Derivatives of Trig Functions

# Derivatives of Trig Functions - Derivatives of Trig...

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Derivatives of Trig Functions With this section we’re going to start looking at the derivatives of functions other than polynomials or roots of polynomials. We’ll start this process off by taking a look at the derivatives of the six trig functions. Two of the derivatives will be derived. The remaining four are left to the reader and will follow similar proofs for the two given here. Before we actually get into the derivatives of the trig functions we need to give a couple of limits that will show up in the derivation of two of the derivatives. Fact See the Proof of Trig Limits section of the Extras chapter to see the proof of these two limits. Before we start differentiating trig functions let’s work a quick set of limit problems that this fact now allows us to do. Example 1 Evaluate each of the following limits. (a) [ Solution ] (b) [ Solution ] (c) [ Solution ] (d) [ Solution ] (e) [ Solution ]

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(f) [ Solution ] Solution (a) There really isn’t a whole lot to this limit. In fact, it’s only here to contrast with the next example so you can see the difference in how these work. In this case since there is only a 6 in the denominator we’ll just factor this out and then use the fact. [ Return to Problems ] (b) Now, in this case we can’t factor the 6 out of the sine so we’re stuck with it there and we’ll need to figure out a way to deal with it. To do this problem we need to notice that in the fact the argument of the sine is the same as the denominator ( i.e. both ’s). So we need to get both of the argument of the sine and the denominator to be the same. We can do this by multiplying the numerator and the denominator by 6 as follows. Note that we factored the 6 in the numerator out of the limit. At this point, while it may not look like it, we can use the fact above to finish the limit. To see that we can use the fact on this limit let’s do a change of variables . A change of variables is really just a renaming of portions of the problem to make something look more like something we know how to deal with. They can’t always be done, but sometimes, such as this case, they can simplify the problem. The change of variables here is to let and then notice that as we also have . When doing a change of variables in a limit we need to change all the x ’s into ’s and that includes the one in the limit. Doing the change of variables on this limit gives,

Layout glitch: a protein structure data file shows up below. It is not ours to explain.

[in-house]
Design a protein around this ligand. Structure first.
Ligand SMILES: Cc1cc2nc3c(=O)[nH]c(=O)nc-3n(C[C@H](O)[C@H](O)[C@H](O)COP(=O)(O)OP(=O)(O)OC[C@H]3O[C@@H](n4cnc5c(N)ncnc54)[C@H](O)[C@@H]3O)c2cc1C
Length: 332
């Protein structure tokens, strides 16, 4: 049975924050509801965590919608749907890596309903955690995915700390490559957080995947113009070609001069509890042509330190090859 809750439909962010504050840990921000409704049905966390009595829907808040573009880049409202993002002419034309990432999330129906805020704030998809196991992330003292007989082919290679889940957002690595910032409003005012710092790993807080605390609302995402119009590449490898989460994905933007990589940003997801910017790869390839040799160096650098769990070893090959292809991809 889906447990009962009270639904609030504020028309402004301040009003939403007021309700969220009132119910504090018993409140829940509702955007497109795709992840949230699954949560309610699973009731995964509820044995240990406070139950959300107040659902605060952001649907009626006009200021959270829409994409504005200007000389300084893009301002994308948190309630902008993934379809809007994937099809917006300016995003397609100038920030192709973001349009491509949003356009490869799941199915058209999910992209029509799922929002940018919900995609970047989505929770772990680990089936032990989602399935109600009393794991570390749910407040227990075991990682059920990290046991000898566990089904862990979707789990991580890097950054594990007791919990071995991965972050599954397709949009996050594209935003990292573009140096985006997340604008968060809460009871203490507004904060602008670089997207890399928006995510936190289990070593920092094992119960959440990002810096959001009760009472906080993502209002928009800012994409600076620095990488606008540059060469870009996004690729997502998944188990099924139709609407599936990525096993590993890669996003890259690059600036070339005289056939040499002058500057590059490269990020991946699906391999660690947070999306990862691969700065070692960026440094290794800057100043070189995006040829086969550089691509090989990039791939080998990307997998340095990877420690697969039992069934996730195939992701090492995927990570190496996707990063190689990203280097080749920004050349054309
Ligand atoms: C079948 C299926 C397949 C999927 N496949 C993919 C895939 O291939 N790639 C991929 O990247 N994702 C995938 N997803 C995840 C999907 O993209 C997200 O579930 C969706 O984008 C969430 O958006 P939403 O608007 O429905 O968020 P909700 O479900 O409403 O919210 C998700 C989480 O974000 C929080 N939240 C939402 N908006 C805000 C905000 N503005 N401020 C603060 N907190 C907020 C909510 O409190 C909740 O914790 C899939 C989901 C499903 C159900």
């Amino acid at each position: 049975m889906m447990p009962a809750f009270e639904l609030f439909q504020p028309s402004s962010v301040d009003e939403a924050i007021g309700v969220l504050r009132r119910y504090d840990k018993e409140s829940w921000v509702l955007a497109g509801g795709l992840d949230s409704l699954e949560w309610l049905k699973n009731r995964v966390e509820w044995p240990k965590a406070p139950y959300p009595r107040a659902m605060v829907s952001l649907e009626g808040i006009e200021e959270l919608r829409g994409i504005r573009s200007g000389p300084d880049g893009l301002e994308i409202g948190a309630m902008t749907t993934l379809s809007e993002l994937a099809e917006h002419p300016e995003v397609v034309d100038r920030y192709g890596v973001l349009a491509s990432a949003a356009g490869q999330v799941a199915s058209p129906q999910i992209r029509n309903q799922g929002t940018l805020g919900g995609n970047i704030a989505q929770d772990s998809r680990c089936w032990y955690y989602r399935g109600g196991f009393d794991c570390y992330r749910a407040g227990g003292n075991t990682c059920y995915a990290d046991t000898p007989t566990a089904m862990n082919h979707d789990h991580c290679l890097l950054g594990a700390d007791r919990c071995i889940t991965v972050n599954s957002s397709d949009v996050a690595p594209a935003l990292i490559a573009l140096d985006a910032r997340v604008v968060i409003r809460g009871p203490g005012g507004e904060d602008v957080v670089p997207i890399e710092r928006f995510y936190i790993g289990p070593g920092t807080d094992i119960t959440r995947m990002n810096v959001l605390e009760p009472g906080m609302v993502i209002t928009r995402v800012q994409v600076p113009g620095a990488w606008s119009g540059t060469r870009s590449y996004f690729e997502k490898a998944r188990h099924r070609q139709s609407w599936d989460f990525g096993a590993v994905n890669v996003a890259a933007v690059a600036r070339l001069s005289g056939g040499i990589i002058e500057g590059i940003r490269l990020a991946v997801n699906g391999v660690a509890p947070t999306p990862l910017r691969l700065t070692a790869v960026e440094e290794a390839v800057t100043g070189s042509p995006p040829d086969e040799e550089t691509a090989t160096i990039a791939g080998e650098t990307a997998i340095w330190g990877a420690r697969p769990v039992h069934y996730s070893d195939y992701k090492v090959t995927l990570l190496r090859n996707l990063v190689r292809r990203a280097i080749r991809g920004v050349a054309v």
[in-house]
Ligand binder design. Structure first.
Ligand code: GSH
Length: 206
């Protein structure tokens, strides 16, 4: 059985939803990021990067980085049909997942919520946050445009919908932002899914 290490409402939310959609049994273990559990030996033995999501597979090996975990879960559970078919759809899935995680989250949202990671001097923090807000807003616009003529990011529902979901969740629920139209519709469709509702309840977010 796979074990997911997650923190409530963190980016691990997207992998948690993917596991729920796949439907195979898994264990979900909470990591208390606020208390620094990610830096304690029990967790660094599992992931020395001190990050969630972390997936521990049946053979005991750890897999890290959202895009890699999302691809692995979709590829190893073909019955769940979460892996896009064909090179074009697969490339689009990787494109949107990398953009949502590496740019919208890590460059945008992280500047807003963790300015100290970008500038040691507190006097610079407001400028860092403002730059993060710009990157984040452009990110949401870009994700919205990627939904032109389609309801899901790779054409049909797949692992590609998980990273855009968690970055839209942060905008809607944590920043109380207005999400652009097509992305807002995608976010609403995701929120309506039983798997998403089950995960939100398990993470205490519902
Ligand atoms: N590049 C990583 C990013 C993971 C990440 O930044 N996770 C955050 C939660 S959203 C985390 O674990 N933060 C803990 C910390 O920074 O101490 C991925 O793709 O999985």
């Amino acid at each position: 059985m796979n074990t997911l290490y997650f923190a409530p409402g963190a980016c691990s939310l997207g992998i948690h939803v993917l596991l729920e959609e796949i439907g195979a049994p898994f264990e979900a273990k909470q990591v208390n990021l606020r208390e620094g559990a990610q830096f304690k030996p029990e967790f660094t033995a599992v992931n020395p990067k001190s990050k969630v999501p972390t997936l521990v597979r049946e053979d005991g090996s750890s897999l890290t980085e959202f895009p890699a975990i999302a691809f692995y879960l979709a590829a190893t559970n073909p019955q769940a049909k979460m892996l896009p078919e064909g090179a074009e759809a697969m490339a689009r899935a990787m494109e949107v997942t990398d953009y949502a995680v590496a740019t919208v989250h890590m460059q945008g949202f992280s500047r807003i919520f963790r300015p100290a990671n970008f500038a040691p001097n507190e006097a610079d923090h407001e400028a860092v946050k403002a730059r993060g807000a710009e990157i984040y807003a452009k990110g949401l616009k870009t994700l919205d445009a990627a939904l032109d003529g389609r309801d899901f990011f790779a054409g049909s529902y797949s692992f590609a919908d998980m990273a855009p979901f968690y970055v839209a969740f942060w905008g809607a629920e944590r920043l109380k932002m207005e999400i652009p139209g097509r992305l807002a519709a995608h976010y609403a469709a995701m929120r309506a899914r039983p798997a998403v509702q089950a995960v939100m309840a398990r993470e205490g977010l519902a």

And there we are. Note that we didn’t really need to do a change of variables here. All we really need to notice is that the argument of the sine is the same as the denominator and then we can use the fact. A change of variables, in this case, is really only needed to make it clear that the fact does work. [ Return to Problems

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## This note was uploaded on 11/06/2011 for the course MATH 151 taught by Professor Sc during the Fall '08 term at Rutgers.

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Derivatives of Trig Functions - Derivatives of Trig...

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